The choir is also given some work as extras in the drama that unfolds on stage, adding poignancy to the narrative, based on the prophet Elijah’s efforts to bring errant and suffering Israel back into line with God’s commandments.

Are the movement and lighting necessary? No. The text and Mendelssohn’s gorgeous, evocative settings, underscored by the powerful musical forces needed to execute them, are more than enough. But Pax Christi and Bicycle Opera did it tastefully, so it did enhance the experience, after all.

Conductor Stephanie Martin, who is stepping down as artistic director of Pax Christi at the end of this season after 20 years, was in full control, deftly shaping Mendelssohn’s alternately sweet and roiling score. The chorus, volunteers supplements with paid mentors, was in top form. The orchestra, a collection of freelance professionals (as is the case with the Mendelssohn Choir’s instrumentalists), was fine, and organist Matthew Whitfield teased the best out of the church’s beefy instrument.

The four soloists from Bicycle Opera must have felt strange switching from their modest, intimate aesthetic (they go on tour to small venues, presenting new works every summer using whatever they can strap onto their bikes) to the bigger-is-better Victorian way, but they did so admirably. Baritone Geoffrey Sirrett was a convincing Elijah, and his three operatic partners, soprano Larissa Koniuk, mezzo Marjorie Maltais, and tenor Christopher Enns, were fine in the assortment of solo and ensemble pieces that help move the story along.

It is very rare to see and hear professionals and amateurs making such fine music together. Combined with a work that, like George Frideric Handel’s Messiah, should be heard at least once in a lifetime for its ability to stir the soul, Pax Christi makes a compelling case for our attention this weekend.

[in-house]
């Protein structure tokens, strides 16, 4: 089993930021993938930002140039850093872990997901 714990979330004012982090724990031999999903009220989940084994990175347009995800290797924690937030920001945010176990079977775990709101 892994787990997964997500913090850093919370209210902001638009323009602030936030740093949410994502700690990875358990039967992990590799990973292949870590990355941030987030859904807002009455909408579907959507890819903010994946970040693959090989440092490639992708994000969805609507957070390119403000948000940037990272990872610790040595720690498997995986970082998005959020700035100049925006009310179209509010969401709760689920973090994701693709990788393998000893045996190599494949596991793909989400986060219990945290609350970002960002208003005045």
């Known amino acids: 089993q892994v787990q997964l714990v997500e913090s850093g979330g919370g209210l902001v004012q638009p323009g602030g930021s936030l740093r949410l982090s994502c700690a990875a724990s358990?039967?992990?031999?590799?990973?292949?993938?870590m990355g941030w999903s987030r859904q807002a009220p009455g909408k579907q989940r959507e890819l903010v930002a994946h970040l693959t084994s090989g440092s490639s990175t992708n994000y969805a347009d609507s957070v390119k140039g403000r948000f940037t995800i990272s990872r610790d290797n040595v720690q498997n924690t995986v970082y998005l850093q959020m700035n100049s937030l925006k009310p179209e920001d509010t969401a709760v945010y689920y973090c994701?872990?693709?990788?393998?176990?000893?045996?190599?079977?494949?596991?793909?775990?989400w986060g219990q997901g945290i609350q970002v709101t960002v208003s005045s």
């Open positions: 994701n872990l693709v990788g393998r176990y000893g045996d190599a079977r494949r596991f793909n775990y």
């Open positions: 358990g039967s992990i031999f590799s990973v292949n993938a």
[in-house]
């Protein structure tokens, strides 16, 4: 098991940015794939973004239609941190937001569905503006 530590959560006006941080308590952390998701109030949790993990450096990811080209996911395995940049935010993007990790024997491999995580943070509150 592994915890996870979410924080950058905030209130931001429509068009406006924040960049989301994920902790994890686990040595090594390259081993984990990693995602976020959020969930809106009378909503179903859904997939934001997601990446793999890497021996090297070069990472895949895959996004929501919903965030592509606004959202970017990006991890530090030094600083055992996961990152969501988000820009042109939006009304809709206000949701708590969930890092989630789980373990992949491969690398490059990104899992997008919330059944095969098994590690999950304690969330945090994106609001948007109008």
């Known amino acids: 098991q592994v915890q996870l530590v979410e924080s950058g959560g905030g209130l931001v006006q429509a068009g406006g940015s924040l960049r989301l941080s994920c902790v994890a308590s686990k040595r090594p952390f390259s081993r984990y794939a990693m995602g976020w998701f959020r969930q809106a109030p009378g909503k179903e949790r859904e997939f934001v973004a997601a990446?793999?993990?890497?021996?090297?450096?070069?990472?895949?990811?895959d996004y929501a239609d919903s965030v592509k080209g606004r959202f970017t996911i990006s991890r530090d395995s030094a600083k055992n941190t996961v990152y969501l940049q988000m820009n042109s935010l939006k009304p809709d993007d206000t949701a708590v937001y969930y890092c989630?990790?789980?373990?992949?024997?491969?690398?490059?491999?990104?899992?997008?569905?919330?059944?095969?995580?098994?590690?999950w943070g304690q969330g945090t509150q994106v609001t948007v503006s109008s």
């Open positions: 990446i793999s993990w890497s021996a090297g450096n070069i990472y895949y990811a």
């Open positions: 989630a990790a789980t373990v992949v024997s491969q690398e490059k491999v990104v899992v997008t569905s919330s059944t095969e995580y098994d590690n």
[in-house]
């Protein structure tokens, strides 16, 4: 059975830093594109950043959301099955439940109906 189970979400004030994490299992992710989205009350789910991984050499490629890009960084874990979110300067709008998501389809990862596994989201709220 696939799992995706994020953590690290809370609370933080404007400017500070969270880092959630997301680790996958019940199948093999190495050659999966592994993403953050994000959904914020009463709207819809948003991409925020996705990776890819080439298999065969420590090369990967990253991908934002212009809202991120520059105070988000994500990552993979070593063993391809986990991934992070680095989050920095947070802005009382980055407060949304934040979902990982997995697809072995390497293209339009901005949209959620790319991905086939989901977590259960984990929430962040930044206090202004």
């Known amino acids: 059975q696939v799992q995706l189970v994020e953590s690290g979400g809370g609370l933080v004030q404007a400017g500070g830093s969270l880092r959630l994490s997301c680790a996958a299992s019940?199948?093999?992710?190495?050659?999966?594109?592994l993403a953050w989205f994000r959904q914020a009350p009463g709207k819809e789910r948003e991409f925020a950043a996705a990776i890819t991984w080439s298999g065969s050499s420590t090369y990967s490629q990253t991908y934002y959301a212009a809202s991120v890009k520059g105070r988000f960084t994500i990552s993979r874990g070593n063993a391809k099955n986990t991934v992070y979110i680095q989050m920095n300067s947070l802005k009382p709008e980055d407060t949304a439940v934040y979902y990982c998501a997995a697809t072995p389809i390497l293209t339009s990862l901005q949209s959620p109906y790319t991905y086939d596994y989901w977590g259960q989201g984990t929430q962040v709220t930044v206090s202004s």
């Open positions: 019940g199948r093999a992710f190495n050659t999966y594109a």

The Mendelssohn Choir makes the same compelling argument, wrapped in a more traditional package. Conductor Noel Edison, whose choir also includes both professionals and amateurs, has crafted an ensemble of great precision over his many years with them. He also has a quartet of exceptional soloists to offer on Saturday night, including bass-baritone Daniel Lichti as Elijah, as well as tenor Michael Schade and soprano Lesley Bouza.

The question of the weekend is not whether to go experience the musical power of Elijah, but which one to choose. Experiencing either offering will help put the world’s woes in perspective, and you may even hum one of the melodies all the way home.

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John Terauds

John Terauds

John Terauds, Editor-Emeritus of Ludwig van Toronto, is currently a Divinity student at the University of Toronto and a church music director. He joined the Toronto Star in 1988, was the classical music critic from 2005 to 2012, and continues as a freelance critic for the paper. He is the co-author of Roy Thomson Hall: A Portrait, a book written with Toronto Star Colleague, William Littler.
John Terauds